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Lawrence Osborne Books In Order

Publication Order of Standalone Novels

Ania Malina (1900)Hardcover  Paperback  Kindle
The Angelic Game (1990)Hardcover  Paperback  Kindle
The Forgiven (2012)Hardcover  Paperback  Kindle
The Ballad of a Small Player (2014)Hardcover  Paperback  Kindle
Hunters in the Dark (2015)Hardcover  Paperback  Kindle
Beautiful Animals (2017)Hardcover  Paperback  Kindle
The Glass Kingdom (2020)Hardcover  Paperback  Kindle

Publication Order of Philip Marlowe Books

The Big Sleep (By:Raymond Chandler) (1939)Hardcover  Paperback  Kindle
Farewell, My Lovely (By:Raymond Chandler) (1940)Hardcover  Paperback  Kindle
The High Window (By:Raymond Chandler) (1942)Hardcover  Paperback  Kindle
The Lady in the Lake (By:Raymond Chandler) (1943)Hardcover  Paperback  Kindle
The Little Sister (By:Raymond Chandler) (1949)Hardcover  Paperback  Kindle
The Long Goodbye (By:Raymond Chandler) (1953)Hardcover  Paperback  Kindle
Playback (By:Raymond Chandler) (1958)Hardcover  Paperback  Kindle
Poodle Springs (By:Robert B. Parker,Raymond Chandler) (1989)Hardcover  Paperback  Kindle
Perchance to Dream (By:Robert B. Parker) (1991)Hardcover  Paperback  Kindle
The Black-Eyed Blonde (By:Benjamin Black) (2014)Hardcover  Paperback  Kindle
Only to Sleep (2018)Hardcover  Paperback  Kindle

Publication Order of Non-Fiction Books

Paris Dreambook (1990)Hardcover  Paperback  Kindle
The Poisoned Embrace (1993)Hardcover  Paperback  Kindle
American Normal (2002)Hardcover  Paperback  Kindle
The Accidental Connoisseur (2004)Hardcover  Paperback  Kindle
The Naked Tourist (2006)Hardcover  Paperback  Kindle
Bangkok Days (2009)Hardcover  Paperback  Kindle
The Wet and the Dry (2013)Hardcover  Paperback  Kindle

Publication Order of Anthologies

The Best American Short Stories 2012(2012)Hardcover  Paperback  Kindle

Lawrence Osborne is a British travel and fiction author who currently makes his home in Bangkok, Thailand. As a teen, Osborne went to Fitzwilliam College, then off to Harvard and Cambridge. Upon graduation, he became a nomad and has lived all over the place from Istanbul, France, Thailand, Italy, Mexico, the United States, and Morocco. He is the author of “Paris Dreambook” a book that chronicled his experiences in Paris, the novel Ania Malina, a book about wine, The Poisoned Embrace which is a critically acclaimed essay collection, three travel books published by Giroux, Straus, and Farrar between 2002 and 2009, and “American Normal,” a controversial book on the topic of autism. His other works include an account of his life as an expatriate in Thailand he titled “Bangkok Days,” “The Naked Tourist,” and “The Accidental Connoisseur.” He is also the author of several short stories that have been published in a variety of magazines in the United States. He has also worked as a long-form journalist in the US and has worked for “Conde Nast Traveler,” “The New York Times Magazine,” “Playboy,” “The New Yorker,” “Salon,” and “Gourmet.” He is also a frequent contributor to “The Wall Street Journal Magazine,” “The Daily Beast,” “Newsweek International,” and occasionally writes an Op-Ed for “Forbes. He won the Thomas Lowell Award for Travel Journalism for “Getting a Drink in Islamabad” which was featured in a 2011 issue of “Playboy.”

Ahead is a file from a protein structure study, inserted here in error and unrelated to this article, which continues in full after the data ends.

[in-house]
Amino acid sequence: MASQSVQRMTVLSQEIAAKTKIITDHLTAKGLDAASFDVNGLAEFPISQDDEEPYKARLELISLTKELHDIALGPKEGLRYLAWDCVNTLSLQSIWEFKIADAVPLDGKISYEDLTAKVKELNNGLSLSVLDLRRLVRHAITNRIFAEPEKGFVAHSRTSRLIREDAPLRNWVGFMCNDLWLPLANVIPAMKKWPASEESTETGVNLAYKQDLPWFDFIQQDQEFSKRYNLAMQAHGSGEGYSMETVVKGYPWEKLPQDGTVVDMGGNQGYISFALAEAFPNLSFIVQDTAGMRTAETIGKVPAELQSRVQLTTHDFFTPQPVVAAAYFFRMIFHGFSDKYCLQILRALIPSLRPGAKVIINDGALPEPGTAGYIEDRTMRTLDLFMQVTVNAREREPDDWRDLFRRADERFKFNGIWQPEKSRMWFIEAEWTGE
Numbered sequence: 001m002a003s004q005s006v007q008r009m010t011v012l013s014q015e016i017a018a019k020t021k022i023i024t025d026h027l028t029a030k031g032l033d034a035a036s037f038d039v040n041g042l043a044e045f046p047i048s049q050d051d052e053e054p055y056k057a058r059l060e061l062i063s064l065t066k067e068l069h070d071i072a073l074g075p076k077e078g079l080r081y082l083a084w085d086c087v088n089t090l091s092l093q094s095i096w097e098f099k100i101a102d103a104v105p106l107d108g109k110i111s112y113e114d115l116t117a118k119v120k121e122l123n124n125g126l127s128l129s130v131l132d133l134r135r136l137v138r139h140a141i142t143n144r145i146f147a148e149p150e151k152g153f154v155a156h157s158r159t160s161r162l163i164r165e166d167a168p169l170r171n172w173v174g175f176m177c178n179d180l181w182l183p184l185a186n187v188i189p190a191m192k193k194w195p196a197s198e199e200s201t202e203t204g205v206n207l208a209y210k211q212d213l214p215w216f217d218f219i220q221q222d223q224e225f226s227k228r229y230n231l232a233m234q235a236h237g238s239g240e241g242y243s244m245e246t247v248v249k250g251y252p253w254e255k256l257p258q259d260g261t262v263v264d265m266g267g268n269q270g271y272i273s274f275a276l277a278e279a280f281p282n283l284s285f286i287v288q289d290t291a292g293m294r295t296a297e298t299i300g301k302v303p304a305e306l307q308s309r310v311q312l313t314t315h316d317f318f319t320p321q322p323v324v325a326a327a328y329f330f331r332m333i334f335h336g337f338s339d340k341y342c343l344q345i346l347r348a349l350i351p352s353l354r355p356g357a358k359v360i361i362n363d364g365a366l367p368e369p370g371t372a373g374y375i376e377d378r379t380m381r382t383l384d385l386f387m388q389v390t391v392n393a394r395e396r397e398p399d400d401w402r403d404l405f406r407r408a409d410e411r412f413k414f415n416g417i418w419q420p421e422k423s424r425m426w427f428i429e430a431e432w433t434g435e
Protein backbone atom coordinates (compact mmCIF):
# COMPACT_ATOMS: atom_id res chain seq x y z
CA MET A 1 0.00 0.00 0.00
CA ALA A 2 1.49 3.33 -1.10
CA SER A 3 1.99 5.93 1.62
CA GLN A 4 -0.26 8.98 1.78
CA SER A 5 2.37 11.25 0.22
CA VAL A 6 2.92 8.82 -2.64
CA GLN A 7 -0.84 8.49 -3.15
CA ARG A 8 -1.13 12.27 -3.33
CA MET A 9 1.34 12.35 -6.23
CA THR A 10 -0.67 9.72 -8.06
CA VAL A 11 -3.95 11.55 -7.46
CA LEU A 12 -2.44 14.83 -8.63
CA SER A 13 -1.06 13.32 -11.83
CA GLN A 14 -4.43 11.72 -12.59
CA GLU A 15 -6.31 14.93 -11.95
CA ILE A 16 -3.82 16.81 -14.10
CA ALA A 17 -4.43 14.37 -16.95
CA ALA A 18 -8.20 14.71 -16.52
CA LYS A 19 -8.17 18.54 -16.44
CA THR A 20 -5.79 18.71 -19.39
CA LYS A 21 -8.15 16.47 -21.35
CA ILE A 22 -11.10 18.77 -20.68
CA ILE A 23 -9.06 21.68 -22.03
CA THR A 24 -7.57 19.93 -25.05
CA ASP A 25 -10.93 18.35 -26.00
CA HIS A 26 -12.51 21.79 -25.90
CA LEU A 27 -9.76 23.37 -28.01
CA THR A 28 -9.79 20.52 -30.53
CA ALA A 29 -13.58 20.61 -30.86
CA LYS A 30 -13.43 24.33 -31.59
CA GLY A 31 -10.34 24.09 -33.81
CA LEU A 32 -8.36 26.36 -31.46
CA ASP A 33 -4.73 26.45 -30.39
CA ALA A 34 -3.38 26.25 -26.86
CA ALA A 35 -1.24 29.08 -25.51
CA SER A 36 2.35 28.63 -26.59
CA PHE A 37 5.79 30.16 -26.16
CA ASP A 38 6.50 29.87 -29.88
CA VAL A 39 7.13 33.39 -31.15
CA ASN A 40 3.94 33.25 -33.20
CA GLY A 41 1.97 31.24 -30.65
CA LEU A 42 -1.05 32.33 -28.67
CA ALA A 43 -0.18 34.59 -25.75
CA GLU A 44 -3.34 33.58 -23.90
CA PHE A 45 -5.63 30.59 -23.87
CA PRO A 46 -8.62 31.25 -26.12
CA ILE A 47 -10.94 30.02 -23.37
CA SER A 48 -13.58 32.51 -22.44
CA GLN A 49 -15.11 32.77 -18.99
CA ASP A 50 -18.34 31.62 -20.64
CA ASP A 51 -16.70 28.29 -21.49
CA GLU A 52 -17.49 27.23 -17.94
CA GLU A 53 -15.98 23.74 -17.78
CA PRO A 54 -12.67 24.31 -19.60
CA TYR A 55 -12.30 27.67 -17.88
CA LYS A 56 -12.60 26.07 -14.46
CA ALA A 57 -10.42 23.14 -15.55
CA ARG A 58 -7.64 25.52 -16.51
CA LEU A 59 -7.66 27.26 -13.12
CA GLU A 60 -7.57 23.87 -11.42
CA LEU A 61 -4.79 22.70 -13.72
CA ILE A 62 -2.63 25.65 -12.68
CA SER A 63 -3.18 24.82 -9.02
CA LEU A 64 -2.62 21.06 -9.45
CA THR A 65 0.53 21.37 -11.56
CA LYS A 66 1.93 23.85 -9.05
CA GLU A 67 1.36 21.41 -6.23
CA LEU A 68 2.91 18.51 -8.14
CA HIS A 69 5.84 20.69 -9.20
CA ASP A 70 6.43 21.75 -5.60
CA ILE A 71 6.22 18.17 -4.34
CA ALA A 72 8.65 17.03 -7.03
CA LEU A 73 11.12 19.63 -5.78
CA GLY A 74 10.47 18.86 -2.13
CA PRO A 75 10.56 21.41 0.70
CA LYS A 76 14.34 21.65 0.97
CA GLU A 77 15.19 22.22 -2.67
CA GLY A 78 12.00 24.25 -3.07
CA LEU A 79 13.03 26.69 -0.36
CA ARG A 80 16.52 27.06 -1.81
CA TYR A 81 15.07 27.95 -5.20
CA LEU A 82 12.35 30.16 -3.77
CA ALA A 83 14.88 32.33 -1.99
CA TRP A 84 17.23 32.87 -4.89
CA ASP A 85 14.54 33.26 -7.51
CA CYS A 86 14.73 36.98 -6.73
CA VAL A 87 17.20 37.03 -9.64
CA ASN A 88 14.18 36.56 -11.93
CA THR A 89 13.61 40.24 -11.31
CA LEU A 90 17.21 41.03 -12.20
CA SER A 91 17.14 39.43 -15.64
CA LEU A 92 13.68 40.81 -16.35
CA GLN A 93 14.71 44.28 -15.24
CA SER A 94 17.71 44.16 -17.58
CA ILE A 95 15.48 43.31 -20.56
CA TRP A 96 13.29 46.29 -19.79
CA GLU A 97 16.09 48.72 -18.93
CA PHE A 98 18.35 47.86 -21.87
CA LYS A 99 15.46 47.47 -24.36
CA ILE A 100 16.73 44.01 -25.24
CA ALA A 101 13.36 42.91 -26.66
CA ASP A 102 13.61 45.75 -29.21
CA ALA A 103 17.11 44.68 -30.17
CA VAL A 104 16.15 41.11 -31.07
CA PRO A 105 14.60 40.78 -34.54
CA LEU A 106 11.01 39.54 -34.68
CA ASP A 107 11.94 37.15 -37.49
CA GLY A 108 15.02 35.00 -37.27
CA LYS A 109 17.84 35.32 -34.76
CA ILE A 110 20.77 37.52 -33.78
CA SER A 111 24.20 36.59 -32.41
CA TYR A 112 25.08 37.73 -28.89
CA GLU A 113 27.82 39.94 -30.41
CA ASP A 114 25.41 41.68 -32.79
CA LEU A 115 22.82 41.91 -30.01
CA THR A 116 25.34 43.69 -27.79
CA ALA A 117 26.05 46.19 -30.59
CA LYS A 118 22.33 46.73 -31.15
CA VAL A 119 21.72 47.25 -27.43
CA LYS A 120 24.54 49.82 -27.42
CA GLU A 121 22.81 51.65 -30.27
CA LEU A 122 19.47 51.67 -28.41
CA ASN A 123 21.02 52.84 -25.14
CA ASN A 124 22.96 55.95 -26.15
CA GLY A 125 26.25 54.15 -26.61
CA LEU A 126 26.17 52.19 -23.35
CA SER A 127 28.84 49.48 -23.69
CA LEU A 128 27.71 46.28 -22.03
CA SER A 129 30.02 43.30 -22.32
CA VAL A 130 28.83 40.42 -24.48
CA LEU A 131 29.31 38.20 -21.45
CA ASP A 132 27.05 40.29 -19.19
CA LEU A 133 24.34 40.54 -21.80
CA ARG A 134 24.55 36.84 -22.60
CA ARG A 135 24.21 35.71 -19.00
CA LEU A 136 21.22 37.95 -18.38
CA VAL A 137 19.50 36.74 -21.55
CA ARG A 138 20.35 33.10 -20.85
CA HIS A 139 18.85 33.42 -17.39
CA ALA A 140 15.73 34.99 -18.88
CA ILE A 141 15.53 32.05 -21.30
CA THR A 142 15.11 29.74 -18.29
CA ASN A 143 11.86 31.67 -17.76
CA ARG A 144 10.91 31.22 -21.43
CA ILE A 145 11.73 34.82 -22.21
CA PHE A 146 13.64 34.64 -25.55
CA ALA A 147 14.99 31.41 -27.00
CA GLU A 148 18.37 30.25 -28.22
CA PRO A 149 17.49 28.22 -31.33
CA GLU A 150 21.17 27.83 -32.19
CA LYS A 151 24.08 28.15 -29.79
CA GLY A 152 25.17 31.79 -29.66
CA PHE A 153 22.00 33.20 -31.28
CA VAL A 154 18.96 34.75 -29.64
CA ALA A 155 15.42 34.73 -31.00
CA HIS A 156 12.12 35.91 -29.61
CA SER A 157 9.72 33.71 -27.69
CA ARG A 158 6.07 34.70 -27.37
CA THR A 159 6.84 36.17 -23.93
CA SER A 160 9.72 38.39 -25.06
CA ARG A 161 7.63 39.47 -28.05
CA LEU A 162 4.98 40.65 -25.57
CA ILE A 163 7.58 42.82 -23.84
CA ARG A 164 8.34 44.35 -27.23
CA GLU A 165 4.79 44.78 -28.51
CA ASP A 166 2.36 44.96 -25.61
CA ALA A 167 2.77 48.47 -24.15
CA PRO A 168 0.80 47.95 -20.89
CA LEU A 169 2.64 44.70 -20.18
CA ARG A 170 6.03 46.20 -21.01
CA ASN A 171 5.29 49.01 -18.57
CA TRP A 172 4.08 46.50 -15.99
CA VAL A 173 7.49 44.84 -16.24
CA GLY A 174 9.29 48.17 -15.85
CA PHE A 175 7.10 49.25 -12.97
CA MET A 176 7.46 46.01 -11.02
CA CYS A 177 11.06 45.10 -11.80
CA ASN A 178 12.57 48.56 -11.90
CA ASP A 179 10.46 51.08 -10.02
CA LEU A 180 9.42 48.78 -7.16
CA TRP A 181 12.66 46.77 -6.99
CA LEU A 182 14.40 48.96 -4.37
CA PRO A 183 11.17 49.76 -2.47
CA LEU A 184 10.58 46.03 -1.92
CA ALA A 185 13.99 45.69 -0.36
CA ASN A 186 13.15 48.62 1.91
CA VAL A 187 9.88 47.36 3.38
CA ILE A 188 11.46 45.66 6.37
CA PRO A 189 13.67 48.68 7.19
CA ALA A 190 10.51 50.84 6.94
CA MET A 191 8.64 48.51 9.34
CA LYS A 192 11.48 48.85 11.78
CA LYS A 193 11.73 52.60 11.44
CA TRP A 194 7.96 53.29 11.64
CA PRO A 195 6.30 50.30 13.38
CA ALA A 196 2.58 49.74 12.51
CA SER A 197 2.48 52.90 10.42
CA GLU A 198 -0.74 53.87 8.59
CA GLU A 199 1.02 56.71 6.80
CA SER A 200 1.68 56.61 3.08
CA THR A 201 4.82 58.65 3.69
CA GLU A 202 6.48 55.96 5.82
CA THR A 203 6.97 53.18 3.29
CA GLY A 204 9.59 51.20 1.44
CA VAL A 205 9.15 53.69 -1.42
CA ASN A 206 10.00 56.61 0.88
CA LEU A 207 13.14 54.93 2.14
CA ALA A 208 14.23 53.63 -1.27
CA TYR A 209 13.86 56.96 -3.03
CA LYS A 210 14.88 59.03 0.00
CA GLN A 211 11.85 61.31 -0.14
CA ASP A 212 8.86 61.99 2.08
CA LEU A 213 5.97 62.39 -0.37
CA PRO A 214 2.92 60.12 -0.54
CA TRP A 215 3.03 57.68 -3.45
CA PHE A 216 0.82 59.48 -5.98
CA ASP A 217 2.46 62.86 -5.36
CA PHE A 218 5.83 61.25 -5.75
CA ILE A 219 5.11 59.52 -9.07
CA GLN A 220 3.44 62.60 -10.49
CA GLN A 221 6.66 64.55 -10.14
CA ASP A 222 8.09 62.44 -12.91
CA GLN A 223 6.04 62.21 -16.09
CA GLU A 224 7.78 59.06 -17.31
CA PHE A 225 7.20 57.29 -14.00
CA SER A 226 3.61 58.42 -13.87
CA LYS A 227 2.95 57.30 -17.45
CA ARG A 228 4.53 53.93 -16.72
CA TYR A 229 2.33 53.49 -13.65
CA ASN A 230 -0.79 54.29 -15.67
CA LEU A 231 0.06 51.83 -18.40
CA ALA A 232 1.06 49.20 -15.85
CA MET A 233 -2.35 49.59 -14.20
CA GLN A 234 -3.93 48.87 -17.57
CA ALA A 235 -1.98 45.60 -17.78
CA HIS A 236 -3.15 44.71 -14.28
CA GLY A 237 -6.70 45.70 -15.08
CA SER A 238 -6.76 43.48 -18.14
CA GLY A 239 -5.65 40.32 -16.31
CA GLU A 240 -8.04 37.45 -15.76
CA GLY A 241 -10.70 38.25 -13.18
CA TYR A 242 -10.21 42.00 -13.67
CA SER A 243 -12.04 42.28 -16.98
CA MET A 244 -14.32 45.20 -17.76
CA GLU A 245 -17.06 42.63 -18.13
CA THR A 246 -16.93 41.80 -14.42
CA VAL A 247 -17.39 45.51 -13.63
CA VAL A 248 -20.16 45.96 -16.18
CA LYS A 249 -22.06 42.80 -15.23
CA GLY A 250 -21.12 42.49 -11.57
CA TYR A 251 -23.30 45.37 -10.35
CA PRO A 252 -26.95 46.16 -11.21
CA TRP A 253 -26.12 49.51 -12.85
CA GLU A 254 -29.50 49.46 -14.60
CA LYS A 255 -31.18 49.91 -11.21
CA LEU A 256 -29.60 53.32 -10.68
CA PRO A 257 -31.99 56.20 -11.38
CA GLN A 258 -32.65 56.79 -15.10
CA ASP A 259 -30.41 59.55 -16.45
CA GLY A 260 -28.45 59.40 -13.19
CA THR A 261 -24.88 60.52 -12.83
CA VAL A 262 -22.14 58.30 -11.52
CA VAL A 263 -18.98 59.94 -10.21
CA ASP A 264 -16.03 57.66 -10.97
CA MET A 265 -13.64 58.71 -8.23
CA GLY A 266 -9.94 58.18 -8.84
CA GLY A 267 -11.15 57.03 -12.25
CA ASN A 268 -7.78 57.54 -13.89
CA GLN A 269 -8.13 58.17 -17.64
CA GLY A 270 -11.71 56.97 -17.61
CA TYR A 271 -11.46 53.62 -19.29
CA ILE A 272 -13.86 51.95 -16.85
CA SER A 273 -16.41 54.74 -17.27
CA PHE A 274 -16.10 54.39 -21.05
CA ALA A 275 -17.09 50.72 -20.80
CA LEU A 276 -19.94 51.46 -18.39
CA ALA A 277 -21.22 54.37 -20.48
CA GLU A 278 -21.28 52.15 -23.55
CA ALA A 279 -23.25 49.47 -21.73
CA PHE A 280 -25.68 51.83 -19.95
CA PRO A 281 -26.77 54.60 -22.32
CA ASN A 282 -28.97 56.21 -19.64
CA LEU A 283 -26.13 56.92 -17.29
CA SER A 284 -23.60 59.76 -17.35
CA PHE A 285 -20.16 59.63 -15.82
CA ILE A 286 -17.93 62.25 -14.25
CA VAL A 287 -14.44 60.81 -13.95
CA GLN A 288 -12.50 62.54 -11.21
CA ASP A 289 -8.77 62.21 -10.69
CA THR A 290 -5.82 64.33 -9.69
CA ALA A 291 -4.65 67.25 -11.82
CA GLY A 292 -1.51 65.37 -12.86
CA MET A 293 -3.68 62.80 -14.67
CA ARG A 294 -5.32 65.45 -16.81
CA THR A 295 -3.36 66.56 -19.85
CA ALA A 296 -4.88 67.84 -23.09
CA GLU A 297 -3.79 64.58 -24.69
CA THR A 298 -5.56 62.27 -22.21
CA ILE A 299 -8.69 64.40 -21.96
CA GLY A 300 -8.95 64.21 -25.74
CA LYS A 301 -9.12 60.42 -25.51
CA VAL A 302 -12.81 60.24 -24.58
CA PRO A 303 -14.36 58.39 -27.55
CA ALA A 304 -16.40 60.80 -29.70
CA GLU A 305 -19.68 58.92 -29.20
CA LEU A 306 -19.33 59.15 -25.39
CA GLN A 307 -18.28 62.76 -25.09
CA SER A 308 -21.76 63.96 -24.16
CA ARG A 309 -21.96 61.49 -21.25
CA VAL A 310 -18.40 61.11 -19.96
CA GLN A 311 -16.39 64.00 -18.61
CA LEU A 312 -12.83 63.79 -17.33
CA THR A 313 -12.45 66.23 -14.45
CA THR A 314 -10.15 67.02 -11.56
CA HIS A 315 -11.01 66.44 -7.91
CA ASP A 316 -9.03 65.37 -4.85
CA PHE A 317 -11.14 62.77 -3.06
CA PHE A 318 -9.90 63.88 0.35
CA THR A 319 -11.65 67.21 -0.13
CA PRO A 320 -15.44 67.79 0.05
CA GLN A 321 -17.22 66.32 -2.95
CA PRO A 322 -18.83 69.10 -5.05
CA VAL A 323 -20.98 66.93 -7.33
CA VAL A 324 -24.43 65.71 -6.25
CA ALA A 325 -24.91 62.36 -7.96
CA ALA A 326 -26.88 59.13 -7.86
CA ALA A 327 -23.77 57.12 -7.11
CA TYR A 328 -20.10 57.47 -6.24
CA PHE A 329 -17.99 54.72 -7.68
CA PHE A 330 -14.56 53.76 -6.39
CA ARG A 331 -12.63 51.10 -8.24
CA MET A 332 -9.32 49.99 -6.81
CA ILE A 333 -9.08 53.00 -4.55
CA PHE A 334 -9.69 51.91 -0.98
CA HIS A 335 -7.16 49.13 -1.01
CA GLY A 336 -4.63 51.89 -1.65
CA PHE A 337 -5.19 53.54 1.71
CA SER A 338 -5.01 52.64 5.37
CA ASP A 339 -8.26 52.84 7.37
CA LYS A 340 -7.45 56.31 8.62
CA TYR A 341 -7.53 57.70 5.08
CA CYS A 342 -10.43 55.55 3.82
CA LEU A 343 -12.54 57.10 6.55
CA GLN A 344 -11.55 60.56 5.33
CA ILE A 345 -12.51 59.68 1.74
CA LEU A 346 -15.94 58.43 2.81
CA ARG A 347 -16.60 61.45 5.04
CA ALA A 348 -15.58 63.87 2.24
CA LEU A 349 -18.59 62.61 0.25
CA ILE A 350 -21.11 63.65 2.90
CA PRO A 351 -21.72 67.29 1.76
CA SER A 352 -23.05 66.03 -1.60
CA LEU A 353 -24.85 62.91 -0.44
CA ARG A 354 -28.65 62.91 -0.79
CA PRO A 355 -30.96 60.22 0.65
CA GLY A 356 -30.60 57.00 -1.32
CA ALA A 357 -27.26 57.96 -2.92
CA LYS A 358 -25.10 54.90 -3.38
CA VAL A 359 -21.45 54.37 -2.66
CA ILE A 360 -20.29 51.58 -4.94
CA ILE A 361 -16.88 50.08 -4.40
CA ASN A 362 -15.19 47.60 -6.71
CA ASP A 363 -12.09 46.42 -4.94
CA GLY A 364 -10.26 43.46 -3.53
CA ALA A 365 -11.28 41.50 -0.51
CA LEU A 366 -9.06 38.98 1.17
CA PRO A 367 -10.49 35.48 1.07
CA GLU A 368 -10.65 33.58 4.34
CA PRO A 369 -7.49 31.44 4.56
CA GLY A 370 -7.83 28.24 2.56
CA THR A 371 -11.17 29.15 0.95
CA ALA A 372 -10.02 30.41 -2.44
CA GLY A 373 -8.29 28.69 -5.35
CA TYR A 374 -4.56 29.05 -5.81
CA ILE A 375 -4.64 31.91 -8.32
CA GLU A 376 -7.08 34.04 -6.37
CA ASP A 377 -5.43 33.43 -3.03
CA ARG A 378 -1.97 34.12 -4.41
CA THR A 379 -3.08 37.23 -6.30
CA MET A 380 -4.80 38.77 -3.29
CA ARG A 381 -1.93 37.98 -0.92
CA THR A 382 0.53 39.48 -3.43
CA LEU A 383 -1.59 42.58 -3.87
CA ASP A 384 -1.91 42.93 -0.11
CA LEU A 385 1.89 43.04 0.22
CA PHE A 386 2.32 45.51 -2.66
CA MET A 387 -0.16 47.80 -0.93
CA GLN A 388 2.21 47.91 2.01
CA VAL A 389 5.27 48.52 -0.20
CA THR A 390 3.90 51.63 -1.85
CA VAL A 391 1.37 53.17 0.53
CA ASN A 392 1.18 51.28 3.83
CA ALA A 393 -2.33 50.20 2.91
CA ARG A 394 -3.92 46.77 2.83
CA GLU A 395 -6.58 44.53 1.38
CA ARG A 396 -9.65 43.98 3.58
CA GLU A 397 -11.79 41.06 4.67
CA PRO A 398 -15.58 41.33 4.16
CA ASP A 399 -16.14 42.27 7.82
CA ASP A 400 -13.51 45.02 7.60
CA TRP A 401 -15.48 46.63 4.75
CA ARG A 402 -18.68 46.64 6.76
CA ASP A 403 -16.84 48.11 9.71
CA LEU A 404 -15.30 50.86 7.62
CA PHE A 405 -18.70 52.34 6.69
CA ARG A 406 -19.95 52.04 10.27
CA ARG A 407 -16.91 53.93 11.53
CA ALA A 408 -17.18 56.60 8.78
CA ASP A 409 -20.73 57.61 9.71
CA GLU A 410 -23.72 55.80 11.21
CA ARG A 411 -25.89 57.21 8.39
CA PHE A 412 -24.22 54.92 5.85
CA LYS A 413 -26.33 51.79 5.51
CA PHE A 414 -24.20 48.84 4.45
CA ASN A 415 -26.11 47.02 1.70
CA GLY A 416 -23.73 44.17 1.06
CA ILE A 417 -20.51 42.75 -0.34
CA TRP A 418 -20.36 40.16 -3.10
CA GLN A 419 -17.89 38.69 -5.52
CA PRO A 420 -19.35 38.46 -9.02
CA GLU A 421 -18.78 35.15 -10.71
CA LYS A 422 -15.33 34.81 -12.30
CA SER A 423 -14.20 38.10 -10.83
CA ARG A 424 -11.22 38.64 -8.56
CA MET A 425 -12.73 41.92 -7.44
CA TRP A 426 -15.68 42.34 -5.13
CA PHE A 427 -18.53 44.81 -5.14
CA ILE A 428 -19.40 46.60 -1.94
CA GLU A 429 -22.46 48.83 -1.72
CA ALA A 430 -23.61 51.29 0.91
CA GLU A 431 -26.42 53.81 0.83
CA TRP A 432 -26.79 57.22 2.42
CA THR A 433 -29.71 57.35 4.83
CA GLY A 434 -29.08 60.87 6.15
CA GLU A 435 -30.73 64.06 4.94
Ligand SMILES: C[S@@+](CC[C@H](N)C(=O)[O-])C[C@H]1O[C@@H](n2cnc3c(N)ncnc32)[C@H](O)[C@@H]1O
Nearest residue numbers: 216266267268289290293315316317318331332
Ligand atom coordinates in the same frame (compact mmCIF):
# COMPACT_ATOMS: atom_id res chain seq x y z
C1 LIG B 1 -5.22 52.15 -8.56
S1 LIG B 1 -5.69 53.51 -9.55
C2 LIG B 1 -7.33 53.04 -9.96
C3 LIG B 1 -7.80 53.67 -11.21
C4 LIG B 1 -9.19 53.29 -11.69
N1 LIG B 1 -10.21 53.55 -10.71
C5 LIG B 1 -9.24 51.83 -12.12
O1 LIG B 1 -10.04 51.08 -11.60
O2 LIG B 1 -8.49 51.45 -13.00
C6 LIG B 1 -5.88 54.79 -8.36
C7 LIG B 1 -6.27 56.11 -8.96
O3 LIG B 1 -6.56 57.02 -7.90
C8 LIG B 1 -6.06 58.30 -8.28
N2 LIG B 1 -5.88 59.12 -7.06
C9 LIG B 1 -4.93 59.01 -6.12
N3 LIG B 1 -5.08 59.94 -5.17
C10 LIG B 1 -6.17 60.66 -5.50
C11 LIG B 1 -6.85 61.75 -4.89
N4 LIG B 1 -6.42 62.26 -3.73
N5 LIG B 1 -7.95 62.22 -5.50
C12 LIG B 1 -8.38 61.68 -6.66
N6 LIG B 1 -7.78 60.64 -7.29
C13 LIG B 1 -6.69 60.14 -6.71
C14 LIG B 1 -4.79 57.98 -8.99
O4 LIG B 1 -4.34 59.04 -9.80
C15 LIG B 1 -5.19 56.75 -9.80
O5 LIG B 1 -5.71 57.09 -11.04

Osborne was born to a father that was a market researcher and journalist mother that authored radio plays. The family made their home in southwest London and moved to Haywards Heath when he was nine years old. His love for writing was inculcated in him early on as his parents were aspirant middle-class family that listened to classical music and read “Readers Digest.” As a teenager, he was not the model child as he never showed much interest in academics until very late in his teenage years, when he decided to learn Greek. He used to head to the prep school up the road from his home and learn the language from a courtly gay guy who had taken a liking to him. Cambridge was impressed by his efforts at learning a new language that he was offered a place to go study English. After graduating from Cambridge, he was admitted to Harvard but academics was never for him and he quit to go live in Paris. It was during this period of his life that he moved around a lot until he settled in Italy with his then-wife. Living on a Tuscany olive farm, he penned and published “Ania Malina” in 1986 that was a post-World War II Lolita-Esque romance. His second was an unlamented comic book titled “The Angelic Game” that went nowhere. Osborne was so frustrated that he did not write until his blockbuster novel “The Forgiven” in 2012.